Do you chill in your bathtub this way too?
Did you spot it?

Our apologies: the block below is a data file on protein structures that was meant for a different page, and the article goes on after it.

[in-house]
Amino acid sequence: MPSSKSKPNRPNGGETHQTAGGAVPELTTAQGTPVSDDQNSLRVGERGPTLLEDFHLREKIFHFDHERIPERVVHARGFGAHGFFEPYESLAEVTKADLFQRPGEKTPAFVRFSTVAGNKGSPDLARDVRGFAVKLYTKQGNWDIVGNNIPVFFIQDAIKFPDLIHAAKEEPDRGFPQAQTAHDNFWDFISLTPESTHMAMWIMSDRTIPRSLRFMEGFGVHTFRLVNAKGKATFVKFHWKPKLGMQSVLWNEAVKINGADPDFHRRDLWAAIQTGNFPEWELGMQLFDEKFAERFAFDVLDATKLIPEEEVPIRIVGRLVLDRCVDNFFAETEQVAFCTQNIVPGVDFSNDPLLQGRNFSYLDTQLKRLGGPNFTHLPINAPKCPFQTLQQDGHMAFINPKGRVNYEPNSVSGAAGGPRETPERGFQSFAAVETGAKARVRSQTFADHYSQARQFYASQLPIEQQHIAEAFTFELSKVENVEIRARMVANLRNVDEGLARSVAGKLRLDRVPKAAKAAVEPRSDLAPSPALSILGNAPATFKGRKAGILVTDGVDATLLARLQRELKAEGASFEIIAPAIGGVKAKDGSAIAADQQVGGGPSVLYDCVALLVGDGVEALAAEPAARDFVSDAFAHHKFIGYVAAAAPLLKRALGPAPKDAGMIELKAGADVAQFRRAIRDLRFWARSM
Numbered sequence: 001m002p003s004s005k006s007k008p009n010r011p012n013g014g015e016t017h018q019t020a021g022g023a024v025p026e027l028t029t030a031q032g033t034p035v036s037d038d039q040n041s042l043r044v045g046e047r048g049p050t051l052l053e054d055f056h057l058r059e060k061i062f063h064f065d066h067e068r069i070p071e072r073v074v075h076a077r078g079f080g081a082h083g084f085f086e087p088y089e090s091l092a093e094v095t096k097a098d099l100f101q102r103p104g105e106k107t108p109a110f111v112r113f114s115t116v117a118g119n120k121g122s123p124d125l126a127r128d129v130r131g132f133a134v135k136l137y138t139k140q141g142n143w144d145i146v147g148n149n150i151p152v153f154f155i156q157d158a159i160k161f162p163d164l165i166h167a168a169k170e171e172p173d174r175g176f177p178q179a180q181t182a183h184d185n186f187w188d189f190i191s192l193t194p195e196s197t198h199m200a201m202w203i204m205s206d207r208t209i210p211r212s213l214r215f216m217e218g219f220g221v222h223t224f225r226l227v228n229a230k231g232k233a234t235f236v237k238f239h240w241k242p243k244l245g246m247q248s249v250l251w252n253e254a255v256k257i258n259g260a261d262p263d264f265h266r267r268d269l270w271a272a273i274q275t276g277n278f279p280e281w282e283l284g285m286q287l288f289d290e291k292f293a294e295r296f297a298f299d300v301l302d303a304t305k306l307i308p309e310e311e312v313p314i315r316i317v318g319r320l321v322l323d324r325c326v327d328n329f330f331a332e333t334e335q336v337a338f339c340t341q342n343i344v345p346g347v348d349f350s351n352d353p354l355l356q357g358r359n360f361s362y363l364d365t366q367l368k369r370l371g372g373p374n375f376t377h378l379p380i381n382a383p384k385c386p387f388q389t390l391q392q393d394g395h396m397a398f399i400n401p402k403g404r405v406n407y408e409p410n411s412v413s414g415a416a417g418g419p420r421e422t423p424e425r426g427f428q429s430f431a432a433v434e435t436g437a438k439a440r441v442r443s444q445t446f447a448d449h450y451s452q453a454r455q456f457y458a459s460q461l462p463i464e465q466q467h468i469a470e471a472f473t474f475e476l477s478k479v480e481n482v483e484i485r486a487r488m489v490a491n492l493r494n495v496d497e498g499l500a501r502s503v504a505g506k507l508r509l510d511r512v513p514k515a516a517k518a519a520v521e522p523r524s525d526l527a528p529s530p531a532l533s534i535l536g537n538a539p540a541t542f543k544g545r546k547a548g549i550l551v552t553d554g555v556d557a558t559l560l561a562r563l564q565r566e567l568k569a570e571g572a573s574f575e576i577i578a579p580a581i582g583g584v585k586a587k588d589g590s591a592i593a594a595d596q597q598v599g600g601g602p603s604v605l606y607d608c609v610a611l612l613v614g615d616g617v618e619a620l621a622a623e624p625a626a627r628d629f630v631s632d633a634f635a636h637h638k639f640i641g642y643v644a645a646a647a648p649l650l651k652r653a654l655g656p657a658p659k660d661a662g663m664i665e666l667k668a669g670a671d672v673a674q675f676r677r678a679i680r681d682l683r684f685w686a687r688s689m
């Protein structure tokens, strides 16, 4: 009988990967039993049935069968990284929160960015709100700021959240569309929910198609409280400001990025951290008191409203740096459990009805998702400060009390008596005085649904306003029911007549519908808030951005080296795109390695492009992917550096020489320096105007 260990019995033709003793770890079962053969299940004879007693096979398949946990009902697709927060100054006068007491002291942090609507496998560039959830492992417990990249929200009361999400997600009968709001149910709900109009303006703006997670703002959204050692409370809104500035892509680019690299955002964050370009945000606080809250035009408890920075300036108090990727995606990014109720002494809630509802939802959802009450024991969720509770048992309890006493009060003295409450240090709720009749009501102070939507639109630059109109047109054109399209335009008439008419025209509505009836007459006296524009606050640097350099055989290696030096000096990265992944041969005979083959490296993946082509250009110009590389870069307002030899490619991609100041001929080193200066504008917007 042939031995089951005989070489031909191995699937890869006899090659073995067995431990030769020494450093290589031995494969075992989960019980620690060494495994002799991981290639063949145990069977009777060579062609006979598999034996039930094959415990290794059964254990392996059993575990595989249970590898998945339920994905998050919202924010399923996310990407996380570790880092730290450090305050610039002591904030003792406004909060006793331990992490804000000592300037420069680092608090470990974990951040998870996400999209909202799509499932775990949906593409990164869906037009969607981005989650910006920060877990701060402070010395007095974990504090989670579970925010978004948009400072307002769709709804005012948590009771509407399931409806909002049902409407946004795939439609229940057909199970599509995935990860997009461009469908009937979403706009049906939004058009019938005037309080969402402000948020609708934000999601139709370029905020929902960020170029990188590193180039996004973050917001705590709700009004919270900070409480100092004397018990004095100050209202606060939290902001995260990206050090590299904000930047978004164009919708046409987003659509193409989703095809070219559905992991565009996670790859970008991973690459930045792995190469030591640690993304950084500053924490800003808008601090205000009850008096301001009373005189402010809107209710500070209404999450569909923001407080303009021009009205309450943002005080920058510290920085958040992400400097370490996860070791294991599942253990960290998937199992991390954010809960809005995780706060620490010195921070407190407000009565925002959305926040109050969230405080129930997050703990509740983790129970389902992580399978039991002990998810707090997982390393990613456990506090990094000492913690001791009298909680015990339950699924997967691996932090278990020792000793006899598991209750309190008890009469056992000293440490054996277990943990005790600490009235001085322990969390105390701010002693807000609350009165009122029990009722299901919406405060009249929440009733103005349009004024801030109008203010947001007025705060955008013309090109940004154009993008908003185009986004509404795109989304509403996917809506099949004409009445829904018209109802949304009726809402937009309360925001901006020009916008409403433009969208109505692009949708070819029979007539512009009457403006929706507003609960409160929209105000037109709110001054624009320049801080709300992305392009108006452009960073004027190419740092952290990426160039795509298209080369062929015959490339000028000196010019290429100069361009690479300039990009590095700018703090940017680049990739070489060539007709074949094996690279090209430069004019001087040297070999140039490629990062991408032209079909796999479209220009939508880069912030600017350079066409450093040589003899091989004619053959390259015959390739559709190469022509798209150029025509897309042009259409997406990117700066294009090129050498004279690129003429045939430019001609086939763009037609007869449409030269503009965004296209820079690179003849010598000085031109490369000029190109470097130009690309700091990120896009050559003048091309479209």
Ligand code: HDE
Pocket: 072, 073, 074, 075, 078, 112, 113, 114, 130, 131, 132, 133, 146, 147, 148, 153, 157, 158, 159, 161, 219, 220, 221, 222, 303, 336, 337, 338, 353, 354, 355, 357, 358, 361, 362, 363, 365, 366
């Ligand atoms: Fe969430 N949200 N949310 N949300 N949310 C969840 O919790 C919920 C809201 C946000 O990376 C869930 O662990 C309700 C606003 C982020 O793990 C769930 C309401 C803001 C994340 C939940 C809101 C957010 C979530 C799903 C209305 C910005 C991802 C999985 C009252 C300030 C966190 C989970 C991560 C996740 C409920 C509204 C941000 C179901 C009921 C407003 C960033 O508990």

AdWarum warten? Entdecken Sie jetzt Europas meistgekauften Crossover zum Leasingangebot mit 0 % Zinsen und 0 € Anzahlung.The Telegraph'My South African insurance claim turned into a car crash'Chris Cannon writes I reserved a rental car at Johannesburg airport in December through online broker Rentalcars. I took out its full protection insurance to cover collision damage and theft excesses for an additional £113.52. Unfortunately I was involved in an accident, having stopped in a queue of traffic and been hit from behind by a taxi van that shunted me into the car in front. The other vehicles sustained minor damage but mine was crushed. No one was injured. I filled in an accident report and obtained a police report. The damage excess of £1,395 was debited from my card by local agent Bidvest. On my return I made a claim for reimbursement under Rentalcars’ FPI policy. Two months on, I have received only automated responses saying I must wait for Bidvest to contact the third party’s insurer to determine who is at fault. There is no mention of this in the policy document. When I phoned Bidvest, it said it had no knowledge of being responsible for reimbursing me should a third party be at fault. Can you help? Gill Charlton, consumer correspondent, replies If you buy a separate excess reduction policy (as opposed to a zero-excess top-up on pick-up) you have to pay the local agent the excess in accordance with the rental agreement if the car is damaged. You then submit a claim to the insurer on your return, which is usually paid within 30 days. This is the way these policies normally work when sold through specialists such as insurance4carhire.com and icarhireinsurance.com. So why the hold up here? I asked Rentalcars, owned by Booking.com, to produce the policy wording. On page 12 of the FPI policy document, it says: “Where a third party has been involved in an incident, we require confirmation from the car rental company that liability for the incident has been determined (and any legal cases settled) before we can process your claim.” Ironically, Rentalcars would have paid the claim had Mr Cannon been responsible for the accident. If the taxi driver denies responsibility, it could be months before Mr Cannon is refunded for an accident that was not his fault. Rentalcars admits this could be the case and says all it can do is chase Bidvest to resolve the matter. I would suggest that Rentalcars finds a better underwriter. There are much better policies on the market that pay up quickly, whoever is at fault – and they are cheaper. Insurance4carhire’s annual worldwide excess policy, say, costs £59.99 for rentals of up to 60 days.